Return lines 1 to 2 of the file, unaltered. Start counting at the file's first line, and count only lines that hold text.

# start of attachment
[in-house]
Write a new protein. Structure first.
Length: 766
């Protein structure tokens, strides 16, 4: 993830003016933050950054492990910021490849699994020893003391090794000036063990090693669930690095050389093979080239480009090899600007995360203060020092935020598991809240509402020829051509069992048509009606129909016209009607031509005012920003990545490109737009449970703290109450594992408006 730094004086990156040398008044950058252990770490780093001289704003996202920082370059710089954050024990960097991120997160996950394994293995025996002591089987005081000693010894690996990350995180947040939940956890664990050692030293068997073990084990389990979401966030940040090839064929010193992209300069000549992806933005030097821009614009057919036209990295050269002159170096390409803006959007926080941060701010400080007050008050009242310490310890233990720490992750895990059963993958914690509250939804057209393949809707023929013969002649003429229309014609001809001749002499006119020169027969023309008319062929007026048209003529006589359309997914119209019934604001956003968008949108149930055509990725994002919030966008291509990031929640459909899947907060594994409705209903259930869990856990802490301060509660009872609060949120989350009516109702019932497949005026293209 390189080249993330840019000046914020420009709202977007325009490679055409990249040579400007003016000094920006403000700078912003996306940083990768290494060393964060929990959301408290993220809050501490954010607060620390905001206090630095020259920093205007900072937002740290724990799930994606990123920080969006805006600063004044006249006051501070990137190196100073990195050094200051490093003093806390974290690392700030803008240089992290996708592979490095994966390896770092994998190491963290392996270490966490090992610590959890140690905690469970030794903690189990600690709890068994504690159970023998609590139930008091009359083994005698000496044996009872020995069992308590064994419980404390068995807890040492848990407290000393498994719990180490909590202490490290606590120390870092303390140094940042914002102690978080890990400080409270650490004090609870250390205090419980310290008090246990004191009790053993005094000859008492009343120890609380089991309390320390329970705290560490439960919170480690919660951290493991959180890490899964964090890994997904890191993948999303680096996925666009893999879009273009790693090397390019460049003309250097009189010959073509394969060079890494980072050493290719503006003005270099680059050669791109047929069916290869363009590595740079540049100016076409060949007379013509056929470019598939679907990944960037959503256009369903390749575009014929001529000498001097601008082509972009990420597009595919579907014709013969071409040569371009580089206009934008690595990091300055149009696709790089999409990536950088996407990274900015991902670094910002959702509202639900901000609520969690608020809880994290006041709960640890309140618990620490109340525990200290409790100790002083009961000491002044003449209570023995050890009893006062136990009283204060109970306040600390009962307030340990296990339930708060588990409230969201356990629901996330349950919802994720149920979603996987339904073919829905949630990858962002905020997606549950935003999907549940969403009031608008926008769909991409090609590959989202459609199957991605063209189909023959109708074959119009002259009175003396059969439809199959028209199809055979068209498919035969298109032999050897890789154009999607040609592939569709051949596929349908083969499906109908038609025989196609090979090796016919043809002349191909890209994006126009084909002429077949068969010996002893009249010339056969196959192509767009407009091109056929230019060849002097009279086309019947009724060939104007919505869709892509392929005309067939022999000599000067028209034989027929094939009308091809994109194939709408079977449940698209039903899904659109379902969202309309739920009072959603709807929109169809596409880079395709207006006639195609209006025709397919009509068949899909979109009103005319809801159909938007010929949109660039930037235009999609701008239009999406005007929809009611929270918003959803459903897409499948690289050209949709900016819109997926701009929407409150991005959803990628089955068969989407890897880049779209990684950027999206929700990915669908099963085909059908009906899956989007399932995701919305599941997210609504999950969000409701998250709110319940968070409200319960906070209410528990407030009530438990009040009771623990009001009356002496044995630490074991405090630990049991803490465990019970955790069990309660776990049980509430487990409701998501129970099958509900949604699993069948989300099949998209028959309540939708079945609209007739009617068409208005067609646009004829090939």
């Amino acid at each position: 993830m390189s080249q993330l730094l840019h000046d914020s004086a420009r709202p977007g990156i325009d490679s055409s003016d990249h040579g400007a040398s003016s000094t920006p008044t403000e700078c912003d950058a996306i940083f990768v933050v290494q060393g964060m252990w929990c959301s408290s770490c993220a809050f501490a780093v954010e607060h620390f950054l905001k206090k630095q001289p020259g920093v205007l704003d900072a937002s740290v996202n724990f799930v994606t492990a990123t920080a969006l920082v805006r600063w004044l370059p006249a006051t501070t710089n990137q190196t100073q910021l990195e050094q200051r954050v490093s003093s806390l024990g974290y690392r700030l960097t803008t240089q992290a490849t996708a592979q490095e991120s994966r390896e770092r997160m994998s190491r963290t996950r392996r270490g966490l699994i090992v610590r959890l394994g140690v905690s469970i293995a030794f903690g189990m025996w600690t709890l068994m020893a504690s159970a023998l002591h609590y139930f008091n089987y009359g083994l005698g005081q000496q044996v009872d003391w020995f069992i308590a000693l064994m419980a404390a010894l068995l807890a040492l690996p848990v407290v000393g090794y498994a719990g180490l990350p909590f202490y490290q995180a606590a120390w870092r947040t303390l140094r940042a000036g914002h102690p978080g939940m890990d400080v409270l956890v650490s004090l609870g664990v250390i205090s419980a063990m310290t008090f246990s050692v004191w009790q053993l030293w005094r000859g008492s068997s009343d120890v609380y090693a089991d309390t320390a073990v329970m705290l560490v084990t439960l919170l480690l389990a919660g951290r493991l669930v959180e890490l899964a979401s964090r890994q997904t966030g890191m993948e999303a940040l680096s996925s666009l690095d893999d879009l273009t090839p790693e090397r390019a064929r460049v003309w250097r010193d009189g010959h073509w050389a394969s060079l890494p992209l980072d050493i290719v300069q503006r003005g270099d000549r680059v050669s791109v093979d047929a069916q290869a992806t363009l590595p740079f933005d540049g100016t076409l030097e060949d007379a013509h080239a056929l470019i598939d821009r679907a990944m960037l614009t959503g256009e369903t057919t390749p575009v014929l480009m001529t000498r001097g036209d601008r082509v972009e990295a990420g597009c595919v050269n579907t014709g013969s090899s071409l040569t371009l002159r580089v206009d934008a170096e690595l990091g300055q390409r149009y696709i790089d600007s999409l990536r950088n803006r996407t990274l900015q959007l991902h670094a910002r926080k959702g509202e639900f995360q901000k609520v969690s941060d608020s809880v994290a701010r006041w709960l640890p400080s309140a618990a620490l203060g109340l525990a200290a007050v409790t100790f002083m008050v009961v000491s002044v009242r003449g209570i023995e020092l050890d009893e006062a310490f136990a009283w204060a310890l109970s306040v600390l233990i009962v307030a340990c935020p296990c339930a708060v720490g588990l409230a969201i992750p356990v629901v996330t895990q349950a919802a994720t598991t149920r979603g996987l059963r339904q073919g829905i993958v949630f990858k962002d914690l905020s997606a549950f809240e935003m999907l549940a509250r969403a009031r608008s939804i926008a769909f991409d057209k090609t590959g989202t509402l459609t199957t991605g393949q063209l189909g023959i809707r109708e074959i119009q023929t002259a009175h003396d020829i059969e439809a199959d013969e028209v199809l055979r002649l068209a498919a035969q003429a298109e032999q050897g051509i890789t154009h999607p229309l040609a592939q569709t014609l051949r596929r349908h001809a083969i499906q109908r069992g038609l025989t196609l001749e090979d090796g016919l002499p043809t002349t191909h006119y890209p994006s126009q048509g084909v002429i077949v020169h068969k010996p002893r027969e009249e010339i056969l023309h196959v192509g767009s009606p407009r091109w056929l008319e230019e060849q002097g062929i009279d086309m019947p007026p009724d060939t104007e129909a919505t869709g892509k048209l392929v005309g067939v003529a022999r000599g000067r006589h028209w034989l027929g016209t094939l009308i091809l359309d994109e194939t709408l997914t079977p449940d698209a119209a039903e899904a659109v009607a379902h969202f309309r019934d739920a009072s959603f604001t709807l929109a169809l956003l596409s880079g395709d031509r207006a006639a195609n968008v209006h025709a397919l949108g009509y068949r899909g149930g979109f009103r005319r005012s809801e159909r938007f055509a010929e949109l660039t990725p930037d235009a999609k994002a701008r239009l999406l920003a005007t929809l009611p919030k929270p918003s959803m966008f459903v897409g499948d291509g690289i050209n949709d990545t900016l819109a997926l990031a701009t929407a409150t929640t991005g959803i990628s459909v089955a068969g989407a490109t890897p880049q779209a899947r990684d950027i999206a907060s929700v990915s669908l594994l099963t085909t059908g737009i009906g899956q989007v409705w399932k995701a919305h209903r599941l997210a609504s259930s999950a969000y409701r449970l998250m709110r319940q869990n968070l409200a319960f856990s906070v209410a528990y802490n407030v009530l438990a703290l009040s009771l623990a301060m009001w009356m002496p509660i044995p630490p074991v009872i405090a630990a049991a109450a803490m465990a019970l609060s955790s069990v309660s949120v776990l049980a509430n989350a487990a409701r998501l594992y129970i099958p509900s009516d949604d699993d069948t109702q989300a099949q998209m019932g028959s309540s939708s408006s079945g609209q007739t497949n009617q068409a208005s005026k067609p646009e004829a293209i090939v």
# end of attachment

[in-house]
Write a new protein. Structure first.